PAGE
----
US announces EU trade sanctions on same day as Commissions €530M Celtic Interconnector award

In: GridInterconnectors
On the same day that the USA threatens to impose $7.5 billion of tariffs on EU goods to the USA (2 October 2019),  the funding of almost €1 million per kilometre has been announced by the European Commission in order to provide a subsea electricity interconnector, Celtic Interconnector,  between the Republic of Ireland and France.

The decision follows the submission in June of an application for funding by project developers Ireland's EirGrid and France's Réseau de Transport d’Electricité (RTE). The two companies submitted the application under the Commission’s 2019 Connecting Europe Facility (CEF) Energy Programme.

The total amount of the award for this single project was equivalent to almost 70% of the €750 million available to finance projects of common interest (PCI's) announced earlier this year under the multi-annual work programme set up to grant financial aid in the field of energy infrastructure under the Connecting Europe Facility, whereby the support mechanism is made available to energy infrastructure projects that fail to receive adequate financing from the market.
.. project not commercially viable ..

One of the eligibility criteria for proposals for works is that “the project is commercially not viable according to the business plan and other assessments carried out, notably by possible investors or creditors or the national regulatory authority (see The decision on incentives and its justification referred to in Article 13(2) of the TEN-E Regulation shall be taken into account when assessing the project’s commercial viability.” ).

As expected EirGrid has welcomed yesterday’s decision by the European Commission totalling €530 million to the high-voltage electricity cable linking Ireland and France.

EirGrid and RTE estimate the total cost to exceed €1 billion to build the interconnector, which will provide Ireland’s first direct electricity link to Continental Europe. It will be able to import and export up to 700 megawatts of electricity, enough to power 450,000 homes, and will go live in 2026.

Mark Foley, EirGrid Chief Executive, said: “The Celtic Interconnector is a key part of our strategic goal to transform Ireland’s power system. In the coming years we will break new ground in the amount of renewable electricity we manage on the electricity system.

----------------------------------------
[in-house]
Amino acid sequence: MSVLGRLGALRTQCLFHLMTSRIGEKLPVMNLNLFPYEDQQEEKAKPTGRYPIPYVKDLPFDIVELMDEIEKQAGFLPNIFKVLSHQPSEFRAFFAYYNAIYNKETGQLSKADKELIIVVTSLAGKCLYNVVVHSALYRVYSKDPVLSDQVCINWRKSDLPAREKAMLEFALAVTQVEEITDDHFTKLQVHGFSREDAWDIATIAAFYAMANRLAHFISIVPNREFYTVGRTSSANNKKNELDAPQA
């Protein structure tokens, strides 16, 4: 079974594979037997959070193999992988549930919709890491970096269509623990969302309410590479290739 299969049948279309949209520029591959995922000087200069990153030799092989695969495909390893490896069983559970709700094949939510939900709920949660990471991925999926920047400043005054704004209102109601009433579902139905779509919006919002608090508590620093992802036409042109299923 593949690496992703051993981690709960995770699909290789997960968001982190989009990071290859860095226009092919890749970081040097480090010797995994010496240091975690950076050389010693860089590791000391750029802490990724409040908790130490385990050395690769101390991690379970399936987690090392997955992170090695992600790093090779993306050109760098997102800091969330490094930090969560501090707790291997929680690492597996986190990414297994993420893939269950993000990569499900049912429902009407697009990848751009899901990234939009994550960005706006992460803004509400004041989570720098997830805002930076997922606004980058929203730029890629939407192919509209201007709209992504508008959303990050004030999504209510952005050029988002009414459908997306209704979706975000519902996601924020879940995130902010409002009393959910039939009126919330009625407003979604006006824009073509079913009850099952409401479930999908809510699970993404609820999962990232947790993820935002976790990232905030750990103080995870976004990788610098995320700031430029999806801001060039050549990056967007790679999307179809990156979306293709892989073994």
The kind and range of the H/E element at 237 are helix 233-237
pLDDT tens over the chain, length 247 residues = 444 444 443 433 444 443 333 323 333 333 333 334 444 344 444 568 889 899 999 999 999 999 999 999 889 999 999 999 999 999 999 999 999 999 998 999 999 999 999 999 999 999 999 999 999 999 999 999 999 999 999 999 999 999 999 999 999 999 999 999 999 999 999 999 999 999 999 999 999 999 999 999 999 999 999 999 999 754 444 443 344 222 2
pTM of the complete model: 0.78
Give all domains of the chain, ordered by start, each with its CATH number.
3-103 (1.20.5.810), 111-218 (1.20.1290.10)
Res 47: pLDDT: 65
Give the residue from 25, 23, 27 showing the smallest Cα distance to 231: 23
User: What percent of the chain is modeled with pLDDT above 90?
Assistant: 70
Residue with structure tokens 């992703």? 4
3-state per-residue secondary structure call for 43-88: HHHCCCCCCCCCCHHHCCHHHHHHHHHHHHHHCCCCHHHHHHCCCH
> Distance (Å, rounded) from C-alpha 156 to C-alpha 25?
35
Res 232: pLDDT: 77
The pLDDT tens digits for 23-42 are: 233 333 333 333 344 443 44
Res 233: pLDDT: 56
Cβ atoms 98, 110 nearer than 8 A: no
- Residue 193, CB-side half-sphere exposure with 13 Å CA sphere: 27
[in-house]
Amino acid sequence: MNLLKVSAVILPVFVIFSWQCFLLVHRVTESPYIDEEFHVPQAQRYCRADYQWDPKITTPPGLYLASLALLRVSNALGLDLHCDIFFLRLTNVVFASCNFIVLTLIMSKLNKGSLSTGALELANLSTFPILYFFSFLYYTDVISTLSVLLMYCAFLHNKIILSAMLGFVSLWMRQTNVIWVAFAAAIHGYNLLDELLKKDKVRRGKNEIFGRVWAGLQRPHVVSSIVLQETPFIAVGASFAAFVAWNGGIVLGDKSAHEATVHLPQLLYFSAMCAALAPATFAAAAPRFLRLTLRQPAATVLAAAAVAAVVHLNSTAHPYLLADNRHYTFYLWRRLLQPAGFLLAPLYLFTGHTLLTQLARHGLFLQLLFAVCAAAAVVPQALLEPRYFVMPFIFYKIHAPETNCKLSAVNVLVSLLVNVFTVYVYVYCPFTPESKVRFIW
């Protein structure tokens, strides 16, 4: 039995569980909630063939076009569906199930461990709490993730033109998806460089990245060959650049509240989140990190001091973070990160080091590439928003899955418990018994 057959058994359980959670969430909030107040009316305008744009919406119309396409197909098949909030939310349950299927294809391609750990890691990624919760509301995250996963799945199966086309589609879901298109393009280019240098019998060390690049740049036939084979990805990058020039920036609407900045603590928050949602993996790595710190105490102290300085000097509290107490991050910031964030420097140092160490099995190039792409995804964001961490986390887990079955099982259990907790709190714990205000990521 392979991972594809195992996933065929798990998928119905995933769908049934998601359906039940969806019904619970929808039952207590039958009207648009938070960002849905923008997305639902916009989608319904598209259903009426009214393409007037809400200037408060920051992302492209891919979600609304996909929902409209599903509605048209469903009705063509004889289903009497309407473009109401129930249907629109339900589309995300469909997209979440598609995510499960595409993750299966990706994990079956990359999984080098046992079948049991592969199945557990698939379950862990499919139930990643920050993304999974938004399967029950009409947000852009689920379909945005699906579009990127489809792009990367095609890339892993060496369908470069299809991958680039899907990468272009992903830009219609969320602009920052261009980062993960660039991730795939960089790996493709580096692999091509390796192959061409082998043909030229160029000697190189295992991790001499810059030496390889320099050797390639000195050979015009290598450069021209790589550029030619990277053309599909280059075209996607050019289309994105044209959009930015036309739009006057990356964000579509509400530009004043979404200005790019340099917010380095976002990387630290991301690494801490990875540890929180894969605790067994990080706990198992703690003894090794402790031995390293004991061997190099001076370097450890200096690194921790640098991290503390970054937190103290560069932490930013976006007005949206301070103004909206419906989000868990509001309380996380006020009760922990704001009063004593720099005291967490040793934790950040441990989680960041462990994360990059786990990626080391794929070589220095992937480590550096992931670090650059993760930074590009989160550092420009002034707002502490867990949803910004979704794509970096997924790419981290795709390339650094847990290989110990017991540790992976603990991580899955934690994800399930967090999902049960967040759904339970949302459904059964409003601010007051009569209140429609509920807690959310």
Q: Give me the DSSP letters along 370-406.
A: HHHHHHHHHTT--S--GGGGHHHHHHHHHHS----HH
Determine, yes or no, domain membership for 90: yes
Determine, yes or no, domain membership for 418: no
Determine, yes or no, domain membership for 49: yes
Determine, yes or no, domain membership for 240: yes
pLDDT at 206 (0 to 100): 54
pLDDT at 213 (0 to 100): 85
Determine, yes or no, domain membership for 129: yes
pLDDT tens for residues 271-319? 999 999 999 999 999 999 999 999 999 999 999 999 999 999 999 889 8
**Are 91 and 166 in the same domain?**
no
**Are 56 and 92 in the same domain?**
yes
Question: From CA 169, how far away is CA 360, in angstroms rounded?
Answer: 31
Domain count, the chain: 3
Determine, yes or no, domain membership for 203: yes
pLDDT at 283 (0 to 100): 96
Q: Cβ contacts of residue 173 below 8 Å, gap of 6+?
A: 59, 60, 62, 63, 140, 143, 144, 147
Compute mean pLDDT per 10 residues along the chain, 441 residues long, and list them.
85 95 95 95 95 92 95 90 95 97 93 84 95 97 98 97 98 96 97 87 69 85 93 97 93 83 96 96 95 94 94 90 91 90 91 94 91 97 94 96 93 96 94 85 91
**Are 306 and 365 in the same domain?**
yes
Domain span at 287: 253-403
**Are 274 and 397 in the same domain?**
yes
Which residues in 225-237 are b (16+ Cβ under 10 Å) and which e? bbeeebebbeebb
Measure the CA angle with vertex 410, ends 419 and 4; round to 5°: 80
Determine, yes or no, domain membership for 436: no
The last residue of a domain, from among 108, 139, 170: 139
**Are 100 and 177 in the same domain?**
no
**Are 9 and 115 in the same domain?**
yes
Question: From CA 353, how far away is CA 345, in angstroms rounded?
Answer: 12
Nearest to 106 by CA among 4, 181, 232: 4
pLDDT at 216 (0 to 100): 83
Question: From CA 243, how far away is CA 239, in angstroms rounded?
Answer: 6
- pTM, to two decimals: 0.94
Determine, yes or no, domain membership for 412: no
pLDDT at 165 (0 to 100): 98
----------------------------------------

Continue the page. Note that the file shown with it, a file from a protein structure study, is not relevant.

“Interconnection with France supports this as it makes the power system more resilient and efficient. This added strength will become increasingly important as renewables become the primary energy source on the national grid."

Ireland prohibits Nuclear power

Currently Ireland only has connections both on land and Sea to the UK. Ironically receiving electricity from France where 72% of the electricity supply is from nuclear power (72.3% of total production in 2016),  Ireland prohibits the production of electricity by nuclear fission, under the Electricity Regulation Act, 1999 (Section 18). However the enforcement of this law is only applicable to electricity generated within Irish borders.  

Mr Foley added that the Celtic Interconnector would also apply downward pressure on the cost of electricity to consumers in Ireland and provide a direct fibre optic communications link between Ireland and France.

François Brottes, Chairman of the executive board of RTE, said: “The support of the European commission for this electricity interconnector between France and Ireland is a major step forward in the development of an always sustainable, cost efficient, resilient and integrated European grid which will enable the transition to a low carbon energy future.”

Since 2011, EirGrid and RTE have carried out series of joint studies into the feasibility of the interconnector. Should the proposed interconnector successfully pass through the planning process, the studies indicate that it would benefit electricity customers in Ireland, France and the EU.

The interconnector will travel 575 kilometres from East Cork to the north-west coast of Brittany.

The European Commission has already designated the Celtic Interconnector a Project of Common Interest (PCI). PCIs are key cross-border projects that link the energy systems of EU countries.

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